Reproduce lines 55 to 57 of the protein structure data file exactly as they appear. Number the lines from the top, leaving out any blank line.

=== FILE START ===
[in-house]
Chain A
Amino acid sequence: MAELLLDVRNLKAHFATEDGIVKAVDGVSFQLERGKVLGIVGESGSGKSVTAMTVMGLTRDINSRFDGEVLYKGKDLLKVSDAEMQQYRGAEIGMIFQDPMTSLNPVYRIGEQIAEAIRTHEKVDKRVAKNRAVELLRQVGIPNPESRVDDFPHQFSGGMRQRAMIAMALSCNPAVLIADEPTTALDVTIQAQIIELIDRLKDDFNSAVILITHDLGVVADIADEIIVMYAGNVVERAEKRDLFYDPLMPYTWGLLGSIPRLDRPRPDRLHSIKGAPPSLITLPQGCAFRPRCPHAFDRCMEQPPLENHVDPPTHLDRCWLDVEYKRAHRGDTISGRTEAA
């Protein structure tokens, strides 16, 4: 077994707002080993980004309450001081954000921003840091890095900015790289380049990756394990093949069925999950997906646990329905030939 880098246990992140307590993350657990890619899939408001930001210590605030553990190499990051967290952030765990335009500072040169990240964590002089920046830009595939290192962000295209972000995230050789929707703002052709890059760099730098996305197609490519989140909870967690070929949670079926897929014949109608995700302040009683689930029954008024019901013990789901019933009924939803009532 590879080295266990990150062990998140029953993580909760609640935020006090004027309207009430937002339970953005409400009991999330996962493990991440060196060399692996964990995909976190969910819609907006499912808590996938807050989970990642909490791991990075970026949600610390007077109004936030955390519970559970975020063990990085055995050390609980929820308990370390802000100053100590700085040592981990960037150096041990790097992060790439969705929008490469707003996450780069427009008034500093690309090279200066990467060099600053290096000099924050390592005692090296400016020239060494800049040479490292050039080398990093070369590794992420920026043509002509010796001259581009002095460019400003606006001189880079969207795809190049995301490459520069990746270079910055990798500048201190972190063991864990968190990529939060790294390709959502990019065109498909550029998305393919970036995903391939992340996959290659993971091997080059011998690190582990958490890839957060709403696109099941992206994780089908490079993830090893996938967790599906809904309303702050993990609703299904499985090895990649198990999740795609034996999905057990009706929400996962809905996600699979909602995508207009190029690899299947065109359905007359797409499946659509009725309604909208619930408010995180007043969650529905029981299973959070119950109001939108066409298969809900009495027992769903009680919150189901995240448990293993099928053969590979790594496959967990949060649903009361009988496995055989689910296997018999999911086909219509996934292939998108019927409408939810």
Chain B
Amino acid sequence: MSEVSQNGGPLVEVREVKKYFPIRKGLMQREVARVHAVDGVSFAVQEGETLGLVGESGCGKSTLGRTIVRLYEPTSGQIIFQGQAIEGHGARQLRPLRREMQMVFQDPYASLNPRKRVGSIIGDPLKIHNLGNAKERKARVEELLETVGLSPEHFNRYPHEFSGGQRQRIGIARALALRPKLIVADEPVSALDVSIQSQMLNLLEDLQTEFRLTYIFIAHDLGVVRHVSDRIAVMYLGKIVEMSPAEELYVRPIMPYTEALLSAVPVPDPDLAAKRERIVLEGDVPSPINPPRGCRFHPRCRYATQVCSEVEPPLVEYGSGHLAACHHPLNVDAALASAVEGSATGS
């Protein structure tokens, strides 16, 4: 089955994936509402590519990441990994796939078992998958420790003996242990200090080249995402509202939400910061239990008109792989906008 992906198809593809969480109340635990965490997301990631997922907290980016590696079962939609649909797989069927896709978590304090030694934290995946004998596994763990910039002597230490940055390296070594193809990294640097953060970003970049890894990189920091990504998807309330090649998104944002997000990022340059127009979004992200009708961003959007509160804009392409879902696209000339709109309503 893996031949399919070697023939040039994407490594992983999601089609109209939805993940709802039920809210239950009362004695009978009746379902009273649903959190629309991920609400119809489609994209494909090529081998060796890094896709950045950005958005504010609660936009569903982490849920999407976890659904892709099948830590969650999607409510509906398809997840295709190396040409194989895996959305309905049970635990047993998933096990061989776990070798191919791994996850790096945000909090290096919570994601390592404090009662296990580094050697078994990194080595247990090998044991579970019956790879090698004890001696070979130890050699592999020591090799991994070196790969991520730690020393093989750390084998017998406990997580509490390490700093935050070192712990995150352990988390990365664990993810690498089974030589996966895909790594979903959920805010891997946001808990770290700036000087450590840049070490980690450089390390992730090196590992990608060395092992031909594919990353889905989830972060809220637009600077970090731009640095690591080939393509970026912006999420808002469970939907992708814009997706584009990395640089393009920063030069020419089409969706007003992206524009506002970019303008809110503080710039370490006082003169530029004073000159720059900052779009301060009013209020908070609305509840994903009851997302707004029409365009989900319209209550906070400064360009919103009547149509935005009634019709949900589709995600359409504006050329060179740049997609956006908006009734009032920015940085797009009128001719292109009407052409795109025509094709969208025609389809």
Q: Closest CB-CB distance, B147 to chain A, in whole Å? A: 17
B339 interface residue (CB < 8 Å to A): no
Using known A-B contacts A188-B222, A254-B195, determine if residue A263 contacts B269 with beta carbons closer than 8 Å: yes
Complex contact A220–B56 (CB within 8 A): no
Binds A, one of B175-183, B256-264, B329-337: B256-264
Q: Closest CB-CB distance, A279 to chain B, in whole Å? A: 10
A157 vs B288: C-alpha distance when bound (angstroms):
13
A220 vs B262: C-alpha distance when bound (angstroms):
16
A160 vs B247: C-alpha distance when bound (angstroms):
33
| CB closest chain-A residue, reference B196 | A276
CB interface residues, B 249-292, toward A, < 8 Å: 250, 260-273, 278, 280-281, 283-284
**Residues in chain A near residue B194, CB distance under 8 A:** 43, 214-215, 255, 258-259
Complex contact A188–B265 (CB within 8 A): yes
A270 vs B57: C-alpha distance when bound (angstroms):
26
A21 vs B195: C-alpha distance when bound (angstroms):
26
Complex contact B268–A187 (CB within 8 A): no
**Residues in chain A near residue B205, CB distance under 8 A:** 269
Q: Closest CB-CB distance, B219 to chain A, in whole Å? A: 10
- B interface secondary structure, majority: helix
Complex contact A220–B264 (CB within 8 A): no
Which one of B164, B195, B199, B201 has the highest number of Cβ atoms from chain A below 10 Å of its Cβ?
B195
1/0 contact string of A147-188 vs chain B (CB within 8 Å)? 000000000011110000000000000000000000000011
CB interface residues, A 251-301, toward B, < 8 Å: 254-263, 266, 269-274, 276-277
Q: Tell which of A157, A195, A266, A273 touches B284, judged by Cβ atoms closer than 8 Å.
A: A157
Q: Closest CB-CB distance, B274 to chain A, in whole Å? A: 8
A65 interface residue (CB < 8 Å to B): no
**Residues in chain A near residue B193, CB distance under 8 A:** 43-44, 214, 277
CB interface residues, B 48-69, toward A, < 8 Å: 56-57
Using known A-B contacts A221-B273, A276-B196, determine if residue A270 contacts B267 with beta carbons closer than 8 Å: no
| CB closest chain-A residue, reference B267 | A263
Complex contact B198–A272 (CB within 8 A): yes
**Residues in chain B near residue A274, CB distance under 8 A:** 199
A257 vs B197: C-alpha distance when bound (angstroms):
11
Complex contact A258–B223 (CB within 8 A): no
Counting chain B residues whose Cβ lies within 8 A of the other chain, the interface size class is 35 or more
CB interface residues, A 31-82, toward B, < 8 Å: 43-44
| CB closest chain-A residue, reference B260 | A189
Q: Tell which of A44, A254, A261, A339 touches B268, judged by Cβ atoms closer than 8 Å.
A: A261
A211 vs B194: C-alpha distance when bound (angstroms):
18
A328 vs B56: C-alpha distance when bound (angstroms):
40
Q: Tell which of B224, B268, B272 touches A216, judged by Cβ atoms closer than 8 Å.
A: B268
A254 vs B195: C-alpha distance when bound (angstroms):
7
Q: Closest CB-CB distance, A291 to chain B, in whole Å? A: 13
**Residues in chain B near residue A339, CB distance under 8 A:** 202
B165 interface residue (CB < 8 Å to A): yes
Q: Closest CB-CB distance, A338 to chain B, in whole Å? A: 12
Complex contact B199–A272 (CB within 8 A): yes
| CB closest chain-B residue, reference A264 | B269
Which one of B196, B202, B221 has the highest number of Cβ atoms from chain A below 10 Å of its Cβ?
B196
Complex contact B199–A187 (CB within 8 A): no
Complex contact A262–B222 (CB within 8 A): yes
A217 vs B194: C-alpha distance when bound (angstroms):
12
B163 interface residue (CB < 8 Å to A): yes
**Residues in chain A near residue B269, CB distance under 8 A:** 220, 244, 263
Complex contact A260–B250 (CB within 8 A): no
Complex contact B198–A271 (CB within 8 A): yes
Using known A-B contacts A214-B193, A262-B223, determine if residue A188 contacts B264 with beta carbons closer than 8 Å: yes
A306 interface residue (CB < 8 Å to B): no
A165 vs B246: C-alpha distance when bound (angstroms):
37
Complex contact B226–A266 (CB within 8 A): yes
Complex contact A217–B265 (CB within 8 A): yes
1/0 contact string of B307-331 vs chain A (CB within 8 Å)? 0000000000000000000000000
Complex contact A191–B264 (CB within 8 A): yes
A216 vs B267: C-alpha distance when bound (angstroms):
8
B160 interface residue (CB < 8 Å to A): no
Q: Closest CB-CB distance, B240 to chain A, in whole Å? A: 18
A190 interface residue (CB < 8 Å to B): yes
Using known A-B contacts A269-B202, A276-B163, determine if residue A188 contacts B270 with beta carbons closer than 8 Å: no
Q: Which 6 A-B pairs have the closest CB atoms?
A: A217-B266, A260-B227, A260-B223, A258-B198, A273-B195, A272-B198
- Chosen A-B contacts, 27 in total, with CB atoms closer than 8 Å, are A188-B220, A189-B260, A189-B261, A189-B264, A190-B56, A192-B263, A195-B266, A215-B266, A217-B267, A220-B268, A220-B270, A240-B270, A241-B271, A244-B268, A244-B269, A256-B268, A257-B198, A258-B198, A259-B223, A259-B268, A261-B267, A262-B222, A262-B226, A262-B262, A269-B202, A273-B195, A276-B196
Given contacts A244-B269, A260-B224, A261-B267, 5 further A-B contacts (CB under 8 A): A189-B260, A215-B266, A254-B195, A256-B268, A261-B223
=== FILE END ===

A211 vs B194: C-alpha distance when bound (angstroms):
18
A328 vs B56: C-alpha distance when bound (angstroms):